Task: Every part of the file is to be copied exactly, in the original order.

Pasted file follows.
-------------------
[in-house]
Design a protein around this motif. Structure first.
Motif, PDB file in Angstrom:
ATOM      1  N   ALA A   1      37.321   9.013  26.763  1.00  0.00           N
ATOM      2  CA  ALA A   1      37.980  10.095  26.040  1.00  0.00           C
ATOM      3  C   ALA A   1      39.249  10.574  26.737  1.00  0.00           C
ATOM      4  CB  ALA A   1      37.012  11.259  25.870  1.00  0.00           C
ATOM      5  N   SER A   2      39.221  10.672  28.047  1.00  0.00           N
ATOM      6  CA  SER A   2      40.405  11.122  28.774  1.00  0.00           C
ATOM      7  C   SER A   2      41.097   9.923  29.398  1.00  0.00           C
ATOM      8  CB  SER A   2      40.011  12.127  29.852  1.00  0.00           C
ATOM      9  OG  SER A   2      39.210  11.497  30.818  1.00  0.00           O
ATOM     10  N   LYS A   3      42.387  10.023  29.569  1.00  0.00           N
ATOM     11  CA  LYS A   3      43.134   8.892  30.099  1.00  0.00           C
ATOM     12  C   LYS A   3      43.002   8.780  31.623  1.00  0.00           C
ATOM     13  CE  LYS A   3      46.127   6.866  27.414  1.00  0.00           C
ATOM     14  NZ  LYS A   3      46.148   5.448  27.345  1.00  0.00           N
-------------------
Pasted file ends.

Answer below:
[in-house]
Design a protein around this motif. Structure first.
Motif, PDB file in Angstrom:
ATOM      1  N   ALA A   1      37.321   9.013  26.763  1.00  0.00           N
ATOM      2  CA  ALA A   1      37.980  10.095  26.040  1.00  0.00           C
ATOM      3  C   ALA A   1      39.249  10.574  26.737  1.00  0.00           C
ATOM      4  CB  ALA A   1      37.012  11.259  25.870  1.00  0.00           C
ATOM      5  N   SER A   2      39.221  10.672  28.047  1.00  0.00           N
ATOM      6  CA  SER A   2      40.405  11.122  28.774  1.00  0.00           C
ATOM      7  C   SER A   2      41.097   9.923  29.398  1.00  0.00           C
ATOM      8  CB  SER A   2      40.011  12.127  29.852  1.00  0.00           C
ATOM      9  OG  SER A   2      39.210  11.497  30.818  1.00  0.00           O
ATOM     10  N   LYS A   3      42.387  10.023  29.569  1.00  0.00           N
ATOM     11  CA  LYS A   3      43.134   8.892  30.099  1.00  0.00           C
ATOM     12  C   LYS A   3      43.002   8.780  31.623  1.00  0.00           C
ATOM     13  CE  LYS A   3      46.127   6.866  27.414  1.00  0.00           C
ATOM     14  NZ  LYS A   3      46.148   5.448  27.345  1.00  0.00           N